Copyright © 2021 Roswell Daily Record
Copyright © 2021 Roswell Daily Record
Lee Murdoch has shown his abilities and determination to keep the Boy Scouts of America (BSA) in Roswell and surrounding areas running during this challenging time.
Taking on the mantle of Scout Executive of The Conquistador Council of Scouts, BSA, he has taken on a difficult job during a difficult time with the many challenges created by the pandemic.
Murdoch and his family have been living in Roswell a little over a year, having relocated here from Indianapolis. Growing up in a small town in Maryland, which he states is about the size of Artesia, as a youth, he was active in the scouting program.
“I did earn my Eagle Scout award,” he states, “and served for 10 summers on camp staff throughout high school and college. It was through scouting that I developed a great appreciation for the environment and being outdoors, which helped shape my studies at college — earning degrees in Parks and Recreation Administration.”
Beginning his professional career working for the Washington D.C. Department of Parks and Recreation, before starting his professional service in 2006 with the BSA in Maryland, Murdoch now oversees all BSA activities in Chaves, Curry, De Baca, Eddy, Lea, Lincoln and Roosevelt counties (as well as the council’s camp operations at Wehinahpay Mountain Camp near Sacramento, New Mexico).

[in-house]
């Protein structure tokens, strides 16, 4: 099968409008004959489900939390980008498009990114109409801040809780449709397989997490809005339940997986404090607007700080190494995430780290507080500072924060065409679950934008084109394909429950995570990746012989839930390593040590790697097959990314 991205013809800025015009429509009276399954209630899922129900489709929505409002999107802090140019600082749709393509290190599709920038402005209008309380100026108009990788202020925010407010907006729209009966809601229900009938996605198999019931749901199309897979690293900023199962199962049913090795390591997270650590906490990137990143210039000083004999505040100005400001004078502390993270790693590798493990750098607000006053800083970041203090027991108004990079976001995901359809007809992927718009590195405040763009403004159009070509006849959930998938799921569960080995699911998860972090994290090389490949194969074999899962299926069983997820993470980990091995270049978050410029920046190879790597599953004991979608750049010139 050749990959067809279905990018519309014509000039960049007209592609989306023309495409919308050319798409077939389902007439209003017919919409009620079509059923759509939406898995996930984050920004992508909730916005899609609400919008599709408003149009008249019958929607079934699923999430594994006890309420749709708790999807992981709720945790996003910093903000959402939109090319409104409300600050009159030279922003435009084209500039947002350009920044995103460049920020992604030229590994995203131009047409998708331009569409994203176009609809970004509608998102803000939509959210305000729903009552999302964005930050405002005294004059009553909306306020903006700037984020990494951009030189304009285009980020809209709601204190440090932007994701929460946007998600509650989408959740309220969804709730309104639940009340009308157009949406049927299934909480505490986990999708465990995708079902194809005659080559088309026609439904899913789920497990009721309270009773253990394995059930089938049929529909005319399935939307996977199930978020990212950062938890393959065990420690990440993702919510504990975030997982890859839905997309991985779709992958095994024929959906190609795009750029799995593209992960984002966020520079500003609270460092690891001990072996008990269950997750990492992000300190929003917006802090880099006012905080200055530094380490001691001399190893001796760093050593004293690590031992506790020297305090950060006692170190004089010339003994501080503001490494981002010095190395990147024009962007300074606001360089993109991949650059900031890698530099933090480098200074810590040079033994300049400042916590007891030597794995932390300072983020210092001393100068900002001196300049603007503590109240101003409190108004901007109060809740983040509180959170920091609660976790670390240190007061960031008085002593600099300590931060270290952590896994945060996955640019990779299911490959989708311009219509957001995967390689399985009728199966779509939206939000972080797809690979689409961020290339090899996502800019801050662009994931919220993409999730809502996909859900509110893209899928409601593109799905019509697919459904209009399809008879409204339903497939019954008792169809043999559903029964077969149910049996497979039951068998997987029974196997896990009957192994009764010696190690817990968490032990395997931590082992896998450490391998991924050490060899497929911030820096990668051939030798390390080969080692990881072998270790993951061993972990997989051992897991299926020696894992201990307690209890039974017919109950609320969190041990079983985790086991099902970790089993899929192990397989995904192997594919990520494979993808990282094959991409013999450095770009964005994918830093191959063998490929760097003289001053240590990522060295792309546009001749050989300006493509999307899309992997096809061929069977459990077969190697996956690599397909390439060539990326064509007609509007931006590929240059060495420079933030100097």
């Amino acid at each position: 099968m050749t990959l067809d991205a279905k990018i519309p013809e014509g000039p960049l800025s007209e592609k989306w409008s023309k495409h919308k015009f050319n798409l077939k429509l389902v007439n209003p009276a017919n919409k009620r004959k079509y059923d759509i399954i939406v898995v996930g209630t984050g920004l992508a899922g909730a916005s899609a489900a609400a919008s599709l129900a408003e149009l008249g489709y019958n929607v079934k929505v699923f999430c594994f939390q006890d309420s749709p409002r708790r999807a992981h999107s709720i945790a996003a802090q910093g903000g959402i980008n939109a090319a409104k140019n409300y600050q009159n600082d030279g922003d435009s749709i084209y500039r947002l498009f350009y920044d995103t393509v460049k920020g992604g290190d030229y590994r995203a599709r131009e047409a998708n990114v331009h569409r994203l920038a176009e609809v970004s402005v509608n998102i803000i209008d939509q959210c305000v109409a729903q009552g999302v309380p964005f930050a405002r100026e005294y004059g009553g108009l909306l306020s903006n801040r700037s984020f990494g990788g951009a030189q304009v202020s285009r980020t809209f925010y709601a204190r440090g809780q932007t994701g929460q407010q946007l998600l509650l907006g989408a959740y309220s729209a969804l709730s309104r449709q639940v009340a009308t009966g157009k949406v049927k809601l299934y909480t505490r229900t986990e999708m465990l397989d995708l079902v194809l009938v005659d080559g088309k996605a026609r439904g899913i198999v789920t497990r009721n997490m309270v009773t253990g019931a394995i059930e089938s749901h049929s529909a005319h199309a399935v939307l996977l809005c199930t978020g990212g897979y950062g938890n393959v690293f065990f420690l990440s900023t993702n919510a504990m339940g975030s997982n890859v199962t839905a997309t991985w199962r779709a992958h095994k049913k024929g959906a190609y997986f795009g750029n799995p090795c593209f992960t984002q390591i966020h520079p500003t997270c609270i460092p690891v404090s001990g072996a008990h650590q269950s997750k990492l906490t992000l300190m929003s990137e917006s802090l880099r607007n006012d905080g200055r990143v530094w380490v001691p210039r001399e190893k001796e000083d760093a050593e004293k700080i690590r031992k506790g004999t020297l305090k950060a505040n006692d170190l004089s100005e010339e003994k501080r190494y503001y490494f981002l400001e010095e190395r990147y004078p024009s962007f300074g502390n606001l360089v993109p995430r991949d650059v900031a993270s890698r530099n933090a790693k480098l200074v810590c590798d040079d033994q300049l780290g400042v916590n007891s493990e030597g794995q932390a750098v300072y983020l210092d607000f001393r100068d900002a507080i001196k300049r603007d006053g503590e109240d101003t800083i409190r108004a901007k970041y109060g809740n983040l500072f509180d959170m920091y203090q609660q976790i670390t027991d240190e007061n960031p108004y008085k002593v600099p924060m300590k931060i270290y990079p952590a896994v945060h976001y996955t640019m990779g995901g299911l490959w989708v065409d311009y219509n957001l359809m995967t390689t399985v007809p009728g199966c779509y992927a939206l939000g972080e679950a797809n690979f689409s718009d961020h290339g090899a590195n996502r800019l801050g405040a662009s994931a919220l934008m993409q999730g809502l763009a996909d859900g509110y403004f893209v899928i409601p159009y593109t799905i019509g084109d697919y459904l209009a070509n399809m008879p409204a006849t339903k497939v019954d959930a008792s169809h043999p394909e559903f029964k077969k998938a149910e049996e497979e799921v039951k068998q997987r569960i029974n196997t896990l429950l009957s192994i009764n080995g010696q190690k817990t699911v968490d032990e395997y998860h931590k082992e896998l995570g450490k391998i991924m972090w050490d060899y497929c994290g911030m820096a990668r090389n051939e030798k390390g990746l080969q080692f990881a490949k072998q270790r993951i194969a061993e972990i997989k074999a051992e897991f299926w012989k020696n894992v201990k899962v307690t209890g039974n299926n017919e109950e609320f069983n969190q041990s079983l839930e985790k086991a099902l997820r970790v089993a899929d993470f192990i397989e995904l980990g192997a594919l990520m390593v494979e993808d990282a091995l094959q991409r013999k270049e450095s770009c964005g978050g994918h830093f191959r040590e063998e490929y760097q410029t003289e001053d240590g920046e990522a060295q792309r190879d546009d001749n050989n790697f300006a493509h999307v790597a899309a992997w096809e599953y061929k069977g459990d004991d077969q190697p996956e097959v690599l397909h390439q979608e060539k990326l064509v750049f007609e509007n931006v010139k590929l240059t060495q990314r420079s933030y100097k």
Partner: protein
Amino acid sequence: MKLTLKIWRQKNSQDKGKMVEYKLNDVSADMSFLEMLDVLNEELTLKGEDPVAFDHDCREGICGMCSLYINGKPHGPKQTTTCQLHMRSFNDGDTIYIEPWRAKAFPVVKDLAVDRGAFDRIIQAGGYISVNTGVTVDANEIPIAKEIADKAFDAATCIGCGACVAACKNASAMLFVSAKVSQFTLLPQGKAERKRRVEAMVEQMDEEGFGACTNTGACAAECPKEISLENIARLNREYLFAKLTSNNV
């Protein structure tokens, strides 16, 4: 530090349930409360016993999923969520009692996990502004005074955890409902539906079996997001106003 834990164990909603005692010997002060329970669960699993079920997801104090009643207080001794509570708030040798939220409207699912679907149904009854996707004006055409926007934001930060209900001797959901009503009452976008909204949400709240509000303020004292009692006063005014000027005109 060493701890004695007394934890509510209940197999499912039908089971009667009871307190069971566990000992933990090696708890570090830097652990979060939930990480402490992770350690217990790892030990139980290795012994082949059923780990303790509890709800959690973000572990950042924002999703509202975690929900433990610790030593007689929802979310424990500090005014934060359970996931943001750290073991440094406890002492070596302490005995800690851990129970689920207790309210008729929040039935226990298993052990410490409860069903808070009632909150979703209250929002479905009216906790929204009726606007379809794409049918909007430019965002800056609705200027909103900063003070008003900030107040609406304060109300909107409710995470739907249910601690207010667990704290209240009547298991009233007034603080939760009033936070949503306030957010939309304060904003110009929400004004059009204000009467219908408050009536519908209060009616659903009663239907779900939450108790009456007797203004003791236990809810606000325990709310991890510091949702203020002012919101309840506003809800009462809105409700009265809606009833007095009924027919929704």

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He spoke about the updated recruitment techniques for the Boy Scouts during this pandemic.
“We’ve been doing our best to promote the opportunity to join scouting through social media advertisements and videos, through print advertisements, yard signs and encouraging all of our existing members to promote the opportunities within their networks,” he said.
“We’ve also been fortunate to have local partners, like the United Way of Chaves County and the Roswell Chamber of Commerce, share promotional information, as well as a few of our elementary schools,” Murdoch said.
Moving forward, Murdoch went on to speak about the greatest challenge the BSA is currently facing.
“Because of the pandemic, we’re unable to directly interact with youth and tell them about the adventures they will have in scouting. As hard as it may be to believe, that one recruitment process is our primary marketing campaign.”
However, he also has a variety of ways to address this concern by doing a few additional promotional events in the coming weeks.
“To try and clearly communicate to families what participating in scouting means,” he said, “the week of the 12th, we will be teaching first aid skills, land navigation skills, and knots — which you may find yourself using in everyday life. In the weeks to come, we’ll also be offering training on public speaking, conflict resolution, financial literacy, bullying and drug prevention, emergency preparedness skills, and community service.”
When it comes to schools, there are even more programs available in Roswell.